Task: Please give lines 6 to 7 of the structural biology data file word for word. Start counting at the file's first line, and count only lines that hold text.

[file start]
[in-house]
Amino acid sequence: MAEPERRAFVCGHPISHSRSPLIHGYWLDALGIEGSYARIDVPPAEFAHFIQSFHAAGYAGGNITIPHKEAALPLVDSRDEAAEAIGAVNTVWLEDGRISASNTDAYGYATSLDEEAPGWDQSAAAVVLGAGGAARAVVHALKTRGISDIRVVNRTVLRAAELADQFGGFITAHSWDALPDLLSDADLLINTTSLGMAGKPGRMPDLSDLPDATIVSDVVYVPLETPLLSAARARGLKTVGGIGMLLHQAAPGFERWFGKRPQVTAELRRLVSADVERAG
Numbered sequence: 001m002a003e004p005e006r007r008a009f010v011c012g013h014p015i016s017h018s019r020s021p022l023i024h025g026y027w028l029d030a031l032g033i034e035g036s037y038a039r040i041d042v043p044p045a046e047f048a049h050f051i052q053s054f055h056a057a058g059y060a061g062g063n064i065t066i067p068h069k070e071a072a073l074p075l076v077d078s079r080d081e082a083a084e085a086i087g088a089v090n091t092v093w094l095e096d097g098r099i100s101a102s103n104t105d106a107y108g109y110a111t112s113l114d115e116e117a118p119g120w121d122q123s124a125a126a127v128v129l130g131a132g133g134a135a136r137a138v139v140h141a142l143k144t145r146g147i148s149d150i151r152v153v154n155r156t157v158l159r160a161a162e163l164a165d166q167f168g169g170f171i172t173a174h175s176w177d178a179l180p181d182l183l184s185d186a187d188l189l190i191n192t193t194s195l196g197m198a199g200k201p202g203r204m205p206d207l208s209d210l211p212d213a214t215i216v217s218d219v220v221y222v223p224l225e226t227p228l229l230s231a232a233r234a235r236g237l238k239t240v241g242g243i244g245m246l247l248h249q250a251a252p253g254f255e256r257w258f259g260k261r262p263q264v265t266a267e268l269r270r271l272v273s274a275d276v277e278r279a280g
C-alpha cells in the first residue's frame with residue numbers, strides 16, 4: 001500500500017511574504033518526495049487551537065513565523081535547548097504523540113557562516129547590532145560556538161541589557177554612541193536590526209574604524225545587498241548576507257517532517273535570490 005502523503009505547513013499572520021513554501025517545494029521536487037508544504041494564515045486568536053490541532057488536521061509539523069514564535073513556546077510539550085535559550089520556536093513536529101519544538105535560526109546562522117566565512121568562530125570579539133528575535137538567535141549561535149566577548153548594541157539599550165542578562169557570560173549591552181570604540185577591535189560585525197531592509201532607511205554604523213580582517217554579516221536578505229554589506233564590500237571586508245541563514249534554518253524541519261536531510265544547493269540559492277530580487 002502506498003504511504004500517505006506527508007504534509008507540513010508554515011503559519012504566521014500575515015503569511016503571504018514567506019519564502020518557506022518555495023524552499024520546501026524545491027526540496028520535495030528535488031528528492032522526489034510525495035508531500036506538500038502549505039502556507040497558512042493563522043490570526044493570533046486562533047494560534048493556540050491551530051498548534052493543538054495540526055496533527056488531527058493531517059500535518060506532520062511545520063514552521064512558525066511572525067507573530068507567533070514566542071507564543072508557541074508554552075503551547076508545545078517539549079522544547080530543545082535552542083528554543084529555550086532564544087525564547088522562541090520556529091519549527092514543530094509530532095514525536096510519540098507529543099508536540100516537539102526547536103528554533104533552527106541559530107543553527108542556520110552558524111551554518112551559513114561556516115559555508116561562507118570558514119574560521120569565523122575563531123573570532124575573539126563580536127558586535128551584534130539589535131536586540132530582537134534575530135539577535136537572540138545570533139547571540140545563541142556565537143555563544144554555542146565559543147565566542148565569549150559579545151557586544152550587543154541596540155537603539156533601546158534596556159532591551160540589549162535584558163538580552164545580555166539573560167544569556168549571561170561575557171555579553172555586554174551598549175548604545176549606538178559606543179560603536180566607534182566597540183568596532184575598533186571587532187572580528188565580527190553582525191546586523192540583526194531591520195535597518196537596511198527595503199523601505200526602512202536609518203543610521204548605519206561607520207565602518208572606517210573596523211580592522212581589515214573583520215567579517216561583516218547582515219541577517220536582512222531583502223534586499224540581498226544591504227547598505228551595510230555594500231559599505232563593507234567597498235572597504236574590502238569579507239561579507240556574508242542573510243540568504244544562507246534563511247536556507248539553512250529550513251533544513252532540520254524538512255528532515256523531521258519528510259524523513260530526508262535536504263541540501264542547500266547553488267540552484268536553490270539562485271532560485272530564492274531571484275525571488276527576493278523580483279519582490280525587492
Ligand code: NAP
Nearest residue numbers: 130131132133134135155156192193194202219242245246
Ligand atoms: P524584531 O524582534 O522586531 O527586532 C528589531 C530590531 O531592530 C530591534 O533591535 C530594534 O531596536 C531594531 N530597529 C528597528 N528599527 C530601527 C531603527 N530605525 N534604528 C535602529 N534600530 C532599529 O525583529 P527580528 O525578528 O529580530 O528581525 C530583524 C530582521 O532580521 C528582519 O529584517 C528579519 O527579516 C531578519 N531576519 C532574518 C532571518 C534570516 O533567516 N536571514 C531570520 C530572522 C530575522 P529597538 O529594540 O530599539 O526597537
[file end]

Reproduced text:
Nearest residue numbers: 130131132133134135155156192193194202219242245246
Ligand atoms: P524584531 O524582534 O522586531 O527586532 C528589531 C530590531 O531592530 C530591534 O533591535 C530594534 O531596536 C531594531 N530597529 C528597528 N528599527 C530601527 C531603527 N530605525 N534604528 C535602529 N534600530 C532599529 O525583529 P527580528 O525578528 O529580530 O528581525 C530583524 C530582521 O532580521 C528582519 O529584517 C528579519 O527579516 C531578519 N531576519 C532574518 C532571518 C534570516 O533567516 N536571514 C531570520 C530572522 C530575522 P529597538 O529594540 O530599539 O526597537